OREGON STATE UNIVERSITY

college of liberal arts

Oregon State University celebrates Star Trek with class, events

CORVALLIS, Ore. – Oregon State University will mark the 50th anniversary of the seminal science fiction television series, “Star Trek,” with a number of events as well as a class dedicated to the original show. 

Spawning countless films, series, spoofs, conventions and memes, Star Trek is known for its combination of philosophy, technology and social justice.  

Joseph Orosco, an associate professor of philosophy, is teaching an undergraduate class during Fall term titled “Star Trek and Philosophy,” which will help students examine issues of politics, ethics and social justice raised in the original series. There are currently 50 students enrolled in the course.

“We're going to watch and critically discuss episodes of Star Trek as morality tales, highlighting classic philosophical problems,” Orosco said. “Some of the questions we’ll examine include, ‘How can we tell reality from illusion? What is the nature of human happiness? Can war ever be moral?’ ” 

On Oct. 11, Randall Milstein, an instructor in the OSU Honors College and College of Science, will give a public lecture on the cultural and technological impact the series has had on society and every day life. “The Cultural and Technological Impact of Star Trek” will take place from 4-5 p.m. in the Learning Innovation Center, Room 368.

Another public lecture will take place at 4 p.m., Oct. 20, on “Star Trek and Social Justice,” in Milam Hall, Room 319. Christina Allaback, the artistic director for the Eugene-based Trek Theater, will explain the origins of Trek Theater, how she sees it embracing the lessons of the theater of the oppressed, and what we can learn about social justice from science fiction.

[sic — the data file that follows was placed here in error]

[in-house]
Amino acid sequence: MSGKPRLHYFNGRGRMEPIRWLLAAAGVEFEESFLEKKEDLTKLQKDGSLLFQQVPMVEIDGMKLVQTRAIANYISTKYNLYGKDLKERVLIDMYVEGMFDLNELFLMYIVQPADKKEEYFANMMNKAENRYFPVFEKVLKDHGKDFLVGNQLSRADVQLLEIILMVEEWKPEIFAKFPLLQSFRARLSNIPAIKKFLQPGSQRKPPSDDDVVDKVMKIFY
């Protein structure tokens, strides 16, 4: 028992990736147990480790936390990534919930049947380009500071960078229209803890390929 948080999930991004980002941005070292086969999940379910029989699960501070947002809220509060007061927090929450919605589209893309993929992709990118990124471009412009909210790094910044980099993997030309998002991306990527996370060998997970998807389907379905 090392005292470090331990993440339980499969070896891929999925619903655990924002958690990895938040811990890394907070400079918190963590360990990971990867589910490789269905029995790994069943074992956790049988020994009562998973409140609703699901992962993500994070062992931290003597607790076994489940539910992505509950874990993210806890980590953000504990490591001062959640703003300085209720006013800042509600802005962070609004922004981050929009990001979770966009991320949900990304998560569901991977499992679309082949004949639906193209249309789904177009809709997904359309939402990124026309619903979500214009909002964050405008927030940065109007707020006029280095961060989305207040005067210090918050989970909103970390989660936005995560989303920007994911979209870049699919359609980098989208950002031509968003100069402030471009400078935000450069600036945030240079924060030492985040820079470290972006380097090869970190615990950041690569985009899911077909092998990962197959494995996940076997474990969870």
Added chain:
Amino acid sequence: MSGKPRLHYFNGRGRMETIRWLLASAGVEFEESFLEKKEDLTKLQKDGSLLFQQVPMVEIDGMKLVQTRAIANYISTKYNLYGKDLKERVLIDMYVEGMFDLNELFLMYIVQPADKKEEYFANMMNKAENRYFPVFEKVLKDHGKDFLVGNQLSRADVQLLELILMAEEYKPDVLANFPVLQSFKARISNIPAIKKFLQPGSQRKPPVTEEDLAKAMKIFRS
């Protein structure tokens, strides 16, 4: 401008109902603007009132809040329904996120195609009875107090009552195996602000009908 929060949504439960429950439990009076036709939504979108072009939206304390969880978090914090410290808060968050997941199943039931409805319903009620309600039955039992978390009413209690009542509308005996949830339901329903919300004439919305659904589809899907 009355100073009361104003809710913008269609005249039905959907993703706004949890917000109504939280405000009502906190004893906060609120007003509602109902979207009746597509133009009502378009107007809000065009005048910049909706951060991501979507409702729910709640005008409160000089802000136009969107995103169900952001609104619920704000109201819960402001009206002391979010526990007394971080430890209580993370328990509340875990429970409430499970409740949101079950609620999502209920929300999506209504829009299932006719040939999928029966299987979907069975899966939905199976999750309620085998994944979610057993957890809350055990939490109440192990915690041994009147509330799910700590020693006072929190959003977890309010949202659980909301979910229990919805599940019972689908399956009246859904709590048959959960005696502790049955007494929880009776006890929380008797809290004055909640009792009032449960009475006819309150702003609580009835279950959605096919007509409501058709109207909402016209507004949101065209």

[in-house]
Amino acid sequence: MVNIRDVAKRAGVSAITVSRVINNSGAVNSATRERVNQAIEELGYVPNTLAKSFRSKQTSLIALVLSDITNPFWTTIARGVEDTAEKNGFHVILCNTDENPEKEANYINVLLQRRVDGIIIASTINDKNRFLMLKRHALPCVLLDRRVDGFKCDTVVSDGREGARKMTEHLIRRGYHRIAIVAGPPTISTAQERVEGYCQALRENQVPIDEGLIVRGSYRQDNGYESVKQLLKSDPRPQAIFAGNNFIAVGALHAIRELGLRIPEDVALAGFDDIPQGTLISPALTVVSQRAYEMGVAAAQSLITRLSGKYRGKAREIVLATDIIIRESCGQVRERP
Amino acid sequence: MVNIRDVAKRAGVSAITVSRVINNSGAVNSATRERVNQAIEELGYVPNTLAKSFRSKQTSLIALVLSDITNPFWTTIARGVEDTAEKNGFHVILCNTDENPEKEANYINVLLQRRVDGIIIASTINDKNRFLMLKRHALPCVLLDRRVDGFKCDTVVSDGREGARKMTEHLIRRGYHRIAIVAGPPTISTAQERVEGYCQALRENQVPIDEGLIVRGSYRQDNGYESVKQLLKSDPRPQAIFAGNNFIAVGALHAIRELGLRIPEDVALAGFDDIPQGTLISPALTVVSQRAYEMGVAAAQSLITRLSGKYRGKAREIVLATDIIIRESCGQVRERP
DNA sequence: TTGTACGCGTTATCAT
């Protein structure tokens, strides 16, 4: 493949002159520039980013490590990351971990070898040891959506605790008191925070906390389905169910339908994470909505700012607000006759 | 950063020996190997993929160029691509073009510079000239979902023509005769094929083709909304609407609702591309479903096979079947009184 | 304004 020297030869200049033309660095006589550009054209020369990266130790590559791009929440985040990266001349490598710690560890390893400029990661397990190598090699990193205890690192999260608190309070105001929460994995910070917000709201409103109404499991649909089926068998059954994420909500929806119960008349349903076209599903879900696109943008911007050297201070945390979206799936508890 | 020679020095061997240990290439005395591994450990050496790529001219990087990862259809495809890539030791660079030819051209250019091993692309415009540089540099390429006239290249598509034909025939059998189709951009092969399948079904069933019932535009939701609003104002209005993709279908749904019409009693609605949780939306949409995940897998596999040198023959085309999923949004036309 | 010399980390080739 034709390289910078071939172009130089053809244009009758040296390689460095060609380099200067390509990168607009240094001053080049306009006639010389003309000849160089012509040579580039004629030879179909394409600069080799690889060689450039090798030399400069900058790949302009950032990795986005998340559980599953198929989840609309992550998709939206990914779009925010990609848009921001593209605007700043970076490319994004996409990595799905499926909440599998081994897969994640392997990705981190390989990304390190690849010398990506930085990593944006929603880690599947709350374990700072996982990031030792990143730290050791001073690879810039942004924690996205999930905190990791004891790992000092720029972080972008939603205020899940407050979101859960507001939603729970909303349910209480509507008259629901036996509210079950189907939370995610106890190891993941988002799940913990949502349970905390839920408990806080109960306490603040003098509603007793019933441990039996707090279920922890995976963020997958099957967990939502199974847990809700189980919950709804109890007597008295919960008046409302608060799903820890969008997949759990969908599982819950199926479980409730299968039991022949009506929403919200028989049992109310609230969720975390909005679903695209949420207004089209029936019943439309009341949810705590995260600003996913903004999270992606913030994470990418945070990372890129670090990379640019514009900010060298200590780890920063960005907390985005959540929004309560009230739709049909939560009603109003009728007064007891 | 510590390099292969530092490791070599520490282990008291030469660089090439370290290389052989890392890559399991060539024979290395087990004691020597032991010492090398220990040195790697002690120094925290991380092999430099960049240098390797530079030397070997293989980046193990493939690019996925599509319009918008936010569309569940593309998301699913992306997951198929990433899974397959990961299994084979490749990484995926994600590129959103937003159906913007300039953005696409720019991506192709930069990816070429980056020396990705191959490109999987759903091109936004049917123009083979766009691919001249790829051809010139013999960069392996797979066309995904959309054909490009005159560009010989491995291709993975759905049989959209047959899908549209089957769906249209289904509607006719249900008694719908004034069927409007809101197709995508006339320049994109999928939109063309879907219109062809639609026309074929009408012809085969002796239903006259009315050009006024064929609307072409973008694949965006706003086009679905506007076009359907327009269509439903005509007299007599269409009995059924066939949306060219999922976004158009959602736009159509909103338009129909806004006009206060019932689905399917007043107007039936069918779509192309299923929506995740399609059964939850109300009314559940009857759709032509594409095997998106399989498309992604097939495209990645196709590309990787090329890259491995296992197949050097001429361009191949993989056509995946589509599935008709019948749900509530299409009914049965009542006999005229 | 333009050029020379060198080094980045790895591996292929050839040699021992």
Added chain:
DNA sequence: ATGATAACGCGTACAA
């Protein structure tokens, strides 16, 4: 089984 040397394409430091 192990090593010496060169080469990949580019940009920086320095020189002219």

Also on Oct. 20, Trek Theatre will perform the “Star Trek: The Next Generation” episode of “The Drumhead” at 7 p.m. in the Learning Innovation Center, Room 228. This classic episode is a story about the clash between state security and the protection of human rights. A costume reception will precede the performance, starting at 6 p.m. Attendees are invited to wear Star Trek themed costumes and prizes will be awarded to several participants.

At noon Nov. 10, Navaho (Dine) artist Ryan Singer and hip hop artist/writer Joel South will discuss their work as Native artists and fans of science fiction during a celebration of indigenous science fiction and Star Trek. Grace Dillon, a professor in the Indigenous Nations Studies Program at Portland State University and a scholar of the genre of indigenous science fiction, will also participate. The event will be held at the Native American Longhouse Eena Haws, 311 S.W. 26th St.

All of the events are free and open to the public. The Star Trek celebration is sponsored by the Anarres Project, a program based out of the OSU School of History, Philosophy and Religion. It is a forum for conversations, ideas, and initiatives promoting a future free of oppression, war, and empire, inspired by the speculative fiction of Oregon writer Ursula K. Le Guin. 

The events are also part of the 2016-17 SPARK program, the university’s year-long celebration of the arts and sciences.